Proponents of a new school choice law for special needs children Thursday had harsh words for the Florida Education Association. The state’s largest teachers union went to court earlier this month to stop implementation of a personal scholarship account. The suit argued lawmakers violated the single-subject provision of the constitution when it approved the bill authorizing the program.
Six families with special needs children want to intervene in the suit to defend the measure. They were joined by a member of the Goldwater Institute which developed the idea that Florida’s Personal Learning Scholarship Account is based on.
“The FEA doesn’t care about the single-subject provision of the Florida constitution,” said Clint Bolick, the Institute’s Vice President for Litigation. “I think you would search their web site in vain to find (that) that is part of its mission. . . they simply oppose all school choice and will use any means at their disposal to defeat it.”
The attorney for the FEA had said the lawsuit was a “procedural attack” on how the law came to be. He called SB 850 which combined expansion of a school voucher program and creation of a special needs scholarship as a “poster child for logrolling.”
Many had assumed the scholarship bill would pass as a stand alone but then lawmakers attached a failed voucher expansion proposal creating the constitutional challenge. As part of its suit, the FEA cited a House analysis which points out where different provisions of the omnibus education bill are not germane or reasonably connected.
Given that the legal challenge was to be expected, the question put to the parents was whether they feel their children are being used as pawns in a voucher fight between the legislature and teachers’ union.
“I don’t mind being exploited in this manner because I believe in it,” said Donna Berman, whose son has congenital muscular dystrophy.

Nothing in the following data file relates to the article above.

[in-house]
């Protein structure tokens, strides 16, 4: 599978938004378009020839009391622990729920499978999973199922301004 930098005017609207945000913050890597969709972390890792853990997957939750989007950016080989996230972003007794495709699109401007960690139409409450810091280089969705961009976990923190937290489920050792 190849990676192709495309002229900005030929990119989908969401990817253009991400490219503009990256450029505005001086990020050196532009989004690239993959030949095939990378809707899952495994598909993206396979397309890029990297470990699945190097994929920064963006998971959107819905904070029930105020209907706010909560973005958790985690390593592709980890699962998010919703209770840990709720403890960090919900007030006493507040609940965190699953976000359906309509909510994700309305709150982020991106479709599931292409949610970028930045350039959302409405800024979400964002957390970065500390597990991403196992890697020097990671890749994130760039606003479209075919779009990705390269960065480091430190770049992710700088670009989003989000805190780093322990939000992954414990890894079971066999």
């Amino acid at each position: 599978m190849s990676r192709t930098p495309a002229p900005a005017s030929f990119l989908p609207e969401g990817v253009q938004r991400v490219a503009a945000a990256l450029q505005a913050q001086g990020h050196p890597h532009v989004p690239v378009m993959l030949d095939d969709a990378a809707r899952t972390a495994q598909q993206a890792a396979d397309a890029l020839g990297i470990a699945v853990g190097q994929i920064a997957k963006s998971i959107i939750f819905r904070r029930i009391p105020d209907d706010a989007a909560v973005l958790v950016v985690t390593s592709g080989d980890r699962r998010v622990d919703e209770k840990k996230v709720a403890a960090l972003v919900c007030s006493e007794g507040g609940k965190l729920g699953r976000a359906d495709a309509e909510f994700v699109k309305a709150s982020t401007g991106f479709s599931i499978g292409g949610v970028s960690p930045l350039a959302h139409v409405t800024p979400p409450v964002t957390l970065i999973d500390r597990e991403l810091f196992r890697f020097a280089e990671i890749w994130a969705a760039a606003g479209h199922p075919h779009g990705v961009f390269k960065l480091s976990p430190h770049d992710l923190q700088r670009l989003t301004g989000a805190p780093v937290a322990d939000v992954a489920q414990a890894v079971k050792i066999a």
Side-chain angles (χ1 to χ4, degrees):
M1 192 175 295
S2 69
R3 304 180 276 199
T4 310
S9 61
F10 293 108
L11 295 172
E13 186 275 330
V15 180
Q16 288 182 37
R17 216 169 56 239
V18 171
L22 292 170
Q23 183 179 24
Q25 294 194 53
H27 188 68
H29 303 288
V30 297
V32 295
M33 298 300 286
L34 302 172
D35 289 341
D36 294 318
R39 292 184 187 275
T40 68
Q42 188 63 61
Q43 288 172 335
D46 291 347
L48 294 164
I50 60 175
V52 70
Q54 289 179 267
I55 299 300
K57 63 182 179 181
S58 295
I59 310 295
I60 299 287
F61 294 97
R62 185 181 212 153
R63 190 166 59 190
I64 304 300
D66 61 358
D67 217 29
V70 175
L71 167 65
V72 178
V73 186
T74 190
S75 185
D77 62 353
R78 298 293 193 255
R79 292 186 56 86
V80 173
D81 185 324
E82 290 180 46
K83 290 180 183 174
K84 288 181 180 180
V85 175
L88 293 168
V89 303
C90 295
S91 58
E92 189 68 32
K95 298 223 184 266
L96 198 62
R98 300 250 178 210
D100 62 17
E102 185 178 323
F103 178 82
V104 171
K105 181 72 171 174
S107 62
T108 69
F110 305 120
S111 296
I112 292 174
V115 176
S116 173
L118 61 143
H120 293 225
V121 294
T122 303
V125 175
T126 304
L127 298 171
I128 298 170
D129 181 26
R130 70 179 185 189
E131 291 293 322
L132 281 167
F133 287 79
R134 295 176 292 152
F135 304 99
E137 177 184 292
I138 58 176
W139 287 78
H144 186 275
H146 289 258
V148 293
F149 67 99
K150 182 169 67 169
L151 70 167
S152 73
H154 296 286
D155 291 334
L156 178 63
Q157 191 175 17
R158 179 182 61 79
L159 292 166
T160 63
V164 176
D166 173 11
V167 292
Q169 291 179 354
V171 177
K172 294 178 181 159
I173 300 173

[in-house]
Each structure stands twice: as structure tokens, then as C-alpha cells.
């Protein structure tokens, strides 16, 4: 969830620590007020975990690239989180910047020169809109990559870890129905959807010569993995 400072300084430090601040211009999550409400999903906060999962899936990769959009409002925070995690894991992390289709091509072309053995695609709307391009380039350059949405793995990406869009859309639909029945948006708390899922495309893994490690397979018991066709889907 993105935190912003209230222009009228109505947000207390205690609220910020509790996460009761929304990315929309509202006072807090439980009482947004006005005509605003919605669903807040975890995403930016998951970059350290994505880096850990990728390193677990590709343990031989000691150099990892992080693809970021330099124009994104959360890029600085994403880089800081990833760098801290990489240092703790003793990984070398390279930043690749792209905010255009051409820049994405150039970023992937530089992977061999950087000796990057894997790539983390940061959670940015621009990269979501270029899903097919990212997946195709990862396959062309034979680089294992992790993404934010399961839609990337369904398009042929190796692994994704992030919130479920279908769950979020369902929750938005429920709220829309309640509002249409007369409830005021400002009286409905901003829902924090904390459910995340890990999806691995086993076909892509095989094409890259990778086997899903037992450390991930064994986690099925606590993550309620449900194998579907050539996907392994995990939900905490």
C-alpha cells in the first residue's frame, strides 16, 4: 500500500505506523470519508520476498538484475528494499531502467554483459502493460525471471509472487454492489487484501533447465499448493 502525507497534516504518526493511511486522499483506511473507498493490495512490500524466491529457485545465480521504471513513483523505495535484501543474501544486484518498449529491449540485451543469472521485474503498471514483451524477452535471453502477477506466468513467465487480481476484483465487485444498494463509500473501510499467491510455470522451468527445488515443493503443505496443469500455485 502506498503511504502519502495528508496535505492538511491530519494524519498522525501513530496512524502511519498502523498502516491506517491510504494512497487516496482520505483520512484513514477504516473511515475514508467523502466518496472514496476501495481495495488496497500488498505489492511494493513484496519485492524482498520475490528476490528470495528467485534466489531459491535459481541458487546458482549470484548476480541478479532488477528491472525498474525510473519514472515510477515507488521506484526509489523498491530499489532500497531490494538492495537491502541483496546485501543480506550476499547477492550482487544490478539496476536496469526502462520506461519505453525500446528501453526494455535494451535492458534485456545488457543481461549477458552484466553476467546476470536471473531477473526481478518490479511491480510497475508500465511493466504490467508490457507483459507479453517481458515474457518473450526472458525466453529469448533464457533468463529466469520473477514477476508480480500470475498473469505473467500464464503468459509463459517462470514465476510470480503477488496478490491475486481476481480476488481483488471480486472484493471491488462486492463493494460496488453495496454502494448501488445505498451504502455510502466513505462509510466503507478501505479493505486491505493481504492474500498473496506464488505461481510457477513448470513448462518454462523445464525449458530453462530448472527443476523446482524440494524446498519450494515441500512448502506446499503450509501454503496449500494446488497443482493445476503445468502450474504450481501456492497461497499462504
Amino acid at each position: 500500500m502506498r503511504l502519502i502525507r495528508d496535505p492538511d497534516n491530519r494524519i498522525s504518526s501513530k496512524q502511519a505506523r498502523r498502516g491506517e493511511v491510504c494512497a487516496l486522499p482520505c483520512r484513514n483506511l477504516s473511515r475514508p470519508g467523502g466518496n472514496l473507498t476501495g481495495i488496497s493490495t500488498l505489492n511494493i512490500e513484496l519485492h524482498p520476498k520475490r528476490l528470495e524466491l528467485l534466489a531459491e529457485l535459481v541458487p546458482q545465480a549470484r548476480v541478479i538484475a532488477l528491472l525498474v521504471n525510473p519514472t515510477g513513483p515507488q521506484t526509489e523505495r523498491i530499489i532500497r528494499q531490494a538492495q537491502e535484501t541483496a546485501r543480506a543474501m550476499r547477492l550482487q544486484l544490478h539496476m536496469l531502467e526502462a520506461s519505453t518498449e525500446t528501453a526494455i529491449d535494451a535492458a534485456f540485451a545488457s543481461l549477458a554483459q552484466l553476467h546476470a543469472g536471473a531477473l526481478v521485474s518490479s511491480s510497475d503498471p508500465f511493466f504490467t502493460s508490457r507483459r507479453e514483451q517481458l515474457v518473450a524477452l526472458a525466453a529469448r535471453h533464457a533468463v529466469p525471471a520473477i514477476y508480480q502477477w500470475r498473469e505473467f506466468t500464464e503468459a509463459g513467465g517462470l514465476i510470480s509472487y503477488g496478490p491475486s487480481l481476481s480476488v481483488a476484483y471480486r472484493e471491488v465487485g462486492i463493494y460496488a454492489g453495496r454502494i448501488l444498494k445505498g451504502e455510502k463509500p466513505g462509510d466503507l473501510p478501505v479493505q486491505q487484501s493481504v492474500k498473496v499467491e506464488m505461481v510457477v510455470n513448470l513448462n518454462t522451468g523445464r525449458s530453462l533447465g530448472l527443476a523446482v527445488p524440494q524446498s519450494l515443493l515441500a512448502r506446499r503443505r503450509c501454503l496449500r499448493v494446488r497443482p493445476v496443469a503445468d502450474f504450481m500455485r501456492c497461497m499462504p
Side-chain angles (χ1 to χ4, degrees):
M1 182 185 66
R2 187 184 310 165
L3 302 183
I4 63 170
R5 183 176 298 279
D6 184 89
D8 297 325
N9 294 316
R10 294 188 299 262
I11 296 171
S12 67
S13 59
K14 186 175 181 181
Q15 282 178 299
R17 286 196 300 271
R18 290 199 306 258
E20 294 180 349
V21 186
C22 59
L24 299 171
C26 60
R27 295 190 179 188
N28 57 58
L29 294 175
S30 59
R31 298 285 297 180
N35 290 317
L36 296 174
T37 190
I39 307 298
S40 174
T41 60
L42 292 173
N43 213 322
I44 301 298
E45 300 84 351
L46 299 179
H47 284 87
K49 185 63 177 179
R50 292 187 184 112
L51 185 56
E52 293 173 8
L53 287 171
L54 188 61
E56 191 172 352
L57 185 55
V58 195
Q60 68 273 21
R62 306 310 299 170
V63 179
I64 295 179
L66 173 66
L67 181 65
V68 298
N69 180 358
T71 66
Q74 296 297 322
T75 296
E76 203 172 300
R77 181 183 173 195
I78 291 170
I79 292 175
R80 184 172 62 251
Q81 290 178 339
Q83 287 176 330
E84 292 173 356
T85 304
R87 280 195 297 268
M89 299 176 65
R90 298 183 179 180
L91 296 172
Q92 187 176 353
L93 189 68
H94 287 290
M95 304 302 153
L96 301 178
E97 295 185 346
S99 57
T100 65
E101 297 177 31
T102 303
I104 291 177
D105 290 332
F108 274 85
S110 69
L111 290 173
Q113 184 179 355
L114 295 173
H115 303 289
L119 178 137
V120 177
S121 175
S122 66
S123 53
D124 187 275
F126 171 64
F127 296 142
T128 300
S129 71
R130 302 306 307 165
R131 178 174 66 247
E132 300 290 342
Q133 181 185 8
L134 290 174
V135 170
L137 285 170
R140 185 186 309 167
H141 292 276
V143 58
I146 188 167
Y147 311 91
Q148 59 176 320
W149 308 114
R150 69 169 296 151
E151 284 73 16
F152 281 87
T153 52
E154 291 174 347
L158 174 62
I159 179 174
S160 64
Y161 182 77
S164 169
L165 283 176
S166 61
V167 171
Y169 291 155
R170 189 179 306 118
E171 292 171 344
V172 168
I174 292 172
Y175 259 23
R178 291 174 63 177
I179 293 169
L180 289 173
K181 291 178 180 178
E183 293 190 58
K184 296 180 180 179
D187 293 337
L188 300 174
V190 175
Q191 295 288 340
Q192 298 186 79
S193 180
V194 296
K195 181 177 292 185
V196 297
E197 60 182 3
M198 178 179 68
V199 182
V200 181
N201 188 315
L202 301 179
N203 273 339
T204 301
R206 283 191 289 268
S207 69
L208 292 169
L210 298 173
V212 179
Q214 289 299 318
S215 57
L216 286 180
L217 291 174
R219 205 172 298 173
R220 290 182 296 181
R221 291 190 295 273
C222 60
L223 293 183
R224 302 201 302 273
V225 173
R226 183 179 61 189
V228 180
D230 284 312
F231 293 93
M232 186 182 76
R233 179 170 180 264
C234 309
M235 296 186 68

The FEA has said that the scholarship program is not its target but “collateral damage” in the suit.
“The parents of students with disabilities have the right to high quality services to help their children develop. It’s a shame that the legislature hasn’t provided adequately for services in our public schools, where the children would be taught and guided by accredited and highly qualified teachers,” said FEA vice president Joanne McCall.
The scholarship money can be used for private schools, tutoring, home schooling and therapy. The state has budgeted $18 million dollars for the program this year and the average scholarship is expected to total around $10,000. So far, about 1,800 applications have been filed for the scholarships for the next school year.
“The funds provided would do untold good, we’re convinced of this,” said Mary Kurnik, one of the parents speaking at the news conference.
The news conference was put together by former Gov. Jeb Bush’s Foundation for Excellence in Education, which promoted the Personal Learning Scholarship Accounts during the legislative session. Also standing with the families joining the lawsuit were Bolick, of the Goldwater Institute, which developed the idea and has defended it in lawsuits in other states, and former state Senator Al Lawson.
“I was really disappointed that the FEA would pay these lawyers to go against these families who are so much in need,” said Lawson. “It’s the damnest thing I have ever seen.”